Getting ready for back to school season? Families are expected to spend more this summer than last year on school supplies. The average family with children in grades K-12 will spend $673.57 on apparel, shoes, electronics and supplies, according to the National Retail Federation (NRF). That’s up 9.6 percent from $630.36 last year.
According to the NRF, total spending for families with students in K-12 and college is expected to reach $75.8 billion. A large portion of that spending includes electronics such as computers or calculators, totaling more than $19 billion.
Of course, not everyone will need to purchase new laptops and supplies, but before you start shopping, check out these back-to-school budget tips from BBB
Make a List. You may already own many of the items needed. Even if you don’t know the exact school supply list, you should get an idea of school clothing and other basic school needs. Beware of impulse buying.
Create a budget. Sign up for sales alerts online from your favorite stores. Consider buying basic supplies (like notebooks, folders and pencils) at discount stores. Watch ads for coupons and don’t forget to check price matching policies.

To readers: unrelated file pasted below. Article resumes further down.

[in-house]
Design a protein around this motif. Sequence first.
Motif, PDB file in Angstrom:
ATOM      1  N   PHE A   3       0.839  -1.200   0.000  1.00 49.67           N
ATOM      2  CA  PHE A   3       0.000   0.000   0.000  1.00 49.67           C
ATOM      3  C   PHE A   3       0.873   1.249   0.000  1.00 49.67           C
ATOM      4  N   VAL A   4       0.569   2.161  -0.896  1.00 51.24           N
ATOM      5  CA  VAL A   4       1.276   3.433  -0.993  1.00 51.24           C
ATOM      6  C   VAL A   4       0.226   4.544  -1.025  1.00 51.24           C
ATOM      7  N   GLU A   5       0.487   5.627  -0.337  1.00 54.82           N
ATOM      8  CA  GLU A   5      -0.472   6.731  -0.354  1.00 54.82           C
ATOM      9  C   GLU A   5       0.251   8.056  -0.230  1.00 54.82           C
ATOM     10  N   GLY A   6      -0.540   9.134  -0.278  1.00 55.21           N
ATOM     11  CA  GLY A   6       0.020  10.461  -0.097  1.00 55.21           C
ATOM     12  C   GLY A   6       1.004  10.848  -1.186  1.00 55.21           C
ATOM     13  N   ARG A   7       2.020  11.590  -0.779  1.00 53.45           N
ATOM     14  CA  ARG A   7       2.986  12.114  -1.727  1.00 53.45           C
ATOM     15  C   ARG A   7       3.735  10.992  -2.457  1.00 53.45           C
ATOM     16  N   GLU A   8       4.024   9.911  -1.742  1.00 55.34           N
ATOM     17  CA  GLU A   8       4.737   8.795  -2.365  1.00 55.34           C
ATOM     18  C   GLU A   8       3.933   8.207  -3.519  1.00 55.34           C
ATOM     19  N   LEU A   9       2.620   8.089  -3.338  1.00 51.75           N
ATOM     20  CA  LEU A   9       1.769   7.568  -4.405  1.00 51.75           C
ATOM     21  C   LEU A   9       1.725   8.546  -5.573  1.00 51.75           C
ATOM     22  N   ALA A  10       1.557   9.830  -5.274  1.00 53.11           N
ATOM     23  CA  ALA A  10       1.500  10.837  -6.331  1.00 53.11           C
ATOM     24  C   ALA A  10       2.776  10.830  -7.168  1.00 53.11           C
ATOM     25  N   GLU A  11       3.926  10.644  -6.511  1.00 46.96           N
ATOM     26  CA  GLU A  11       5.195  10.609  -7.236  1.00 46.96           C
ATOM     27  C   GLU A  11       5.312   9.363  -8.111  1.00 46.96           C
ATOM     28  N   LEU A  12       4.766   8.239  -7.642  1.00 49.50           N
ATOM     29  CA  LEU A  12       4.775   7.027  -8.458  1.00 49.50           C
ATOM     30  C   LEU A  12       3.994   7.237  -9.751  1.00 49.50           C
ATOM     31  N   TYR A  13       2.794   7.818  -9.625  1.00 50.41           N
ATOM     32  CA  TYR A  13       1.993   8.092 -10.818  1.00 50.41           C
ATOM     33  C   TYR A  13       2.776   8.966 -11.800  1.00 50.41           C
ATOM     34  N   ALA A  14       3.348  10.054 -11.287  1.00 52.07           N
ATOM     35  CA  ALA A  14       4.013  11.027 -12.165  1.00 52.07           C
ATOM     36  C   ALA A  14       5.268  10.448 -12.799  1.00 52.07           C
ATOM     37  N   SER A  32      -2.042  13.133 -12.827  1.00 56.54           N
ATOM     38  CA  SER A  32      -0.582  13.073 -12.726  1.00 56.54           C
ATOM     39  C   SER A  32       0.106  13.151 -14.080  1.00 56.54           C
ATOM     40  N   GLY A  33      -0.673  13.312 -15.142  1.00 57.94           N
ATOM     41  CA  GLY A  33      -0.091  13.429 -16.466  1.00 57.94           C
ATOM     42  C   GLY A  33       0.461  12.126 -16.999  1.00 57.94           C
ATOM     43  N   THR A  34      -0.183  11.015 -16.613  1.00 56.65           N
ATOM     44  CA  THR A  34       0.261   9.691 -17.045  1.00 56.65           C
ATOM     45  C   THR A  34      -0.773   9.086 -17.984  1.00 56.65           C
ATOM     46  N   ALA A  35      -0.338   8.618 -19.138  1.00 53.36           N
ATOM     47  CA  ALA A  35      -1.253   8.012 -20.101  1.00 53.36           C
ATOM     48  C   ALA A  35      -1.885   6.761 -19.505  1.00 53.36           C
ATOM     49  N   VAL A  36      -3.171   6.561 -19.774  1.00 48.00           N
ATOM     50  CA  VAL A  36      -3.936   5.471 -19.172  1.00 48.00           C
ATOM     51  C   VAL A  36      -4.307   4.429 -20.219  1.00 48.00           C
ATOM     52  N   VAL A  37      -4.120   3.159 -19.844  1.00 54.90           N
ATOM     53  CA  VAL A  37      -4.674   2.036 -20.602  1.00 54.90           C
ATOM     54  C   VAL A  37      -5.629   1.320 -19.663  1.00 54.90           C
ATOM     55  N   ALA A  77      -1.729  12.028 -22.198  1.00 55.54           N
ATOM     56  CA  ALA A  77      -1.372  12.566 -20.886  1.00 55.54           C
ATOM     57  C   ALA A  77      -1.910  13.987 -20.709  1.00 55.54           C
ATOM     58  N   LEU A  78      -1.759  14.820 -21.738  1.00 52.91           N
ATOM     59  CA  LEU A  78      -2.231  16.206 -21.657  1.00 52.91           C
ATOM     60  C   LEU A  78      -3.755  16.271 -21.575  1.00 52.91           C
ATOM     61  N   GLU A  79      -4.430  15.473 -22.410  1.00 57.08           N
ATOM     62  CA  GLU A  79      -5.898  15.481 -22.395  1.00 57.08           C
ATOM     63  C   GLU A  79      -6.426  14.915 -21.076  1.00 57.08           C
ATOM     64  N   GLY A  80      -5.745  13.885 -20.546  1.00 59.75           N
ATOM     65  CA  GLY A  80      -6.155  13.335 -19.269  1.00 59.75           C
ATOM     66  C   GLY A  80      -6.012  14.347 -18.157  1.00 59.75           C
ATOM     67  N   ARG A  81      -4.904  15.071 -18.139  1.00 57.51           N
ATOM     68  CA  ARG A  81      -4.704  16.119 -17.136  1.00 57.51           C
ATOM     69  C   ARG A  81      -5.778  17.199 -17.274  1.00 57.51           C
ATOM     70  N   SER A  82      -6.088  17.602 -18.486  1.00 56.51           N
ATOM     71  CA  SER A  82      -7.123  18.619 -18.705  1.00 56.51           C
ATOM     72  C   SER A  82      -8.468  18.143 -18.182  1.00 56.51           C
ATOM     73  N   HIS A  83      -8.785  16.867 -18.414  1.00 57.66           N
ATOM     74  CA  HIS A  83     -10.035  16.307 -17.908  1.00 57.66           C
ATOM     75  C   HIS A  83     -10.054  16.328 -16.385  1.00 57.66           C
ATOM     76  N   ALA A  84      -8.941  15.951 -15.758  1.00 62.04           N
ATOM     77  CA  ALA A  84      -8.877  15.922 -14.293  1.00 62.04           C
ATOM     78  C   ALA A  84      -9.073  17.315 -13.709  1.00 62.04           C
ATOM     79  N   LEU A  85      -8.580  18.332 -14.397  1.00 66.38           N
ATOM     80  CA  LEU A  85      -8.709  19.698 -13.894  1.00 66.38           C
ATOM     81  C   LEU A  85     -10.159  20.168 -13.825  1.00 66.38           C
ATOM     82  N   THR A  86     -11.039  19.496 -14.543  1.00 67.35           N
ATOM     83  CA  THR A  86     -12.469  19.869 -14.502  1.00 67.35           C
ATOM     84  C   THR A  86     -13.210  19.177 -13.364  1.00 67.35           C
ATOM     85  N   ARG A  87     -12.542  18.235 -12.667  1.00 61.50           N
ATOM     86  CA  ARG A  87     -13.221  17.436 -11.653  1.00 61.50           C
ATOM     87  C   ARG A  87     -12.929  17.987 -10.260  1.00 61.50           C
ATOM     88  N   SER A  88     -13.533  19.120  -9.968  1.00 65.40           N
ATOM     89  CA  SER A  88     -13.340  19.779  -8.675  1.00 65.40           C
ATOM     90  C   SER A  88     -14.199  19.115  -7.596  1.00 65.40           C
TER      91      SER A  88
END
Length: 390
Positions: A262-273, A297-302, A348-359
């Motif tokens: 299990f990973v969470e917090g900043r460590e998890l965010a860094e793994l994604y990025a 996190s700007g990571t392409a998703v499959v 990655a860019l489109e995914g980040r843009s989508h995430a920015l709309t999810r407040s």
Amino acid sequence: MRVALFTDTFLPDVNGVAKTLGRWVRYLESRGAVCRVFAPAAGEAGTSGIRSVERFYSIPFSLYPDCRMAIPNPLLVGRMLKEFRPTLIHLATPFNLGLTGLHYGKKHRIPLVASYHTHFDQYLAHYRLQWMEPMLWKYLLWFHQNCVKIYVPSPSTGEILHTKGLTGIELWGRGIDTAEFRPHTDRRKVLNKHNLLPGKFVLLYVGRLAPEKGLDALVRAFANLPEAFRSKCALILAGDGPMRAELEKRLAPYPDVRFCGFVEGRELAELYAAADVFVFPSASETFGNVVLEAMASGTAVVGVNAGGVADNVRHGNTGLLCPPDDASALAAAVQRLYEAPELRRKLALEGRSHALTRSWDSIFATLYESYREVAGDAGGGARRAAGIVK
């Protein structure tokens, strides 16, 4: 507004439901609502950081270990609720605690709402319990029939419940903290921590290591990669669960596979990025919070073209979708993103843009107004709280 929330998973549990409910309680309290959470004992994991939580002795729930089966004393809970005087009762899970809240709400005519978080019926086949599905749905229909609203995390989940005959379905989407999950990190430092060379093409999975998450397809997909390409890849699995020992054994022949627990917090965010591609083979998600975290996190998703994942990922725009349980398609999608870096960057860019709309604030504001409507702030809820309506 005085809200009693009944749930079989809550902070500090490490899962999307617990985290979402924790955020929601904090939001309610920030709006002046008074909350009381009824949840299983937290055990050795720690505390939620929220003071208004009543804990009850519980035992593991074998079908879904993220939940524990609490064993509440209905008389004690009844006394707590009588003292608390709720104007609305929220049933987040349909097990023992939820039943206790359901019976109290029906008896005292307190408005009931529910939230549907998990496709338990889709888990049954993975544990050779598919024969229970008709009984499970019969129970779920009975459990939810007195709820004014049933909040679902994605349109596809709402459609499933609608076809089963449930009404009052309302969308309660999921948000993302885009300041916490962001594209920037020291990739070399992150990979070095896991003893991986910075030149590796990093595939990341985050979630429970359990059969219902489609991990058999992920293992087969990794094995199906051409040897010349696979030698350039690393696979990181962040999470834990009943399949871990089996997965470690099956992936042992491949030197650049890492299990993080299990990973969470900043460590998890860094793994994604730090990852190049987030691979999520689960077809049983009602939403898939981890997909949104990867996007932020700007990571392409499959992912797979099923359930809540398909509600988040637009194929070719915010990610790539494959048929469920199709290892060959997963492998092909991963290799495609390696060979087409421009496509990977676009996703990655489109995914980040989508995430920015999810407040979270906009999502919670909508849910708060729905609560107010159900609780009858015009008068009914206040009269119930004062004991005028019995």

Review advertisements. Review ads for restrictions on quantities, and dates for sale and return policies. When shopping online, read the fine print for return and exchange policies and take advantage of free shipping specials.
Network with other parents. Seek out or host a clothing swap online or in your neighborhood; this can be a great way to recycle your gently used items and save money on the things you need this year. Also, research the potential savings of buying school supplies in bulk and splitting the cost with other parents in your area.
Take advantage of discounts. Many stores offer student and teacher discounts on hot items like laptops and uniforms. Retailers will be trying to make room for fall fashions and the newest models, so there are incredible savings to be had on older items.
The BETTER BUSINESS BUREAU serves eastern Massachusetts, Maine, Rhode Island and Vermont.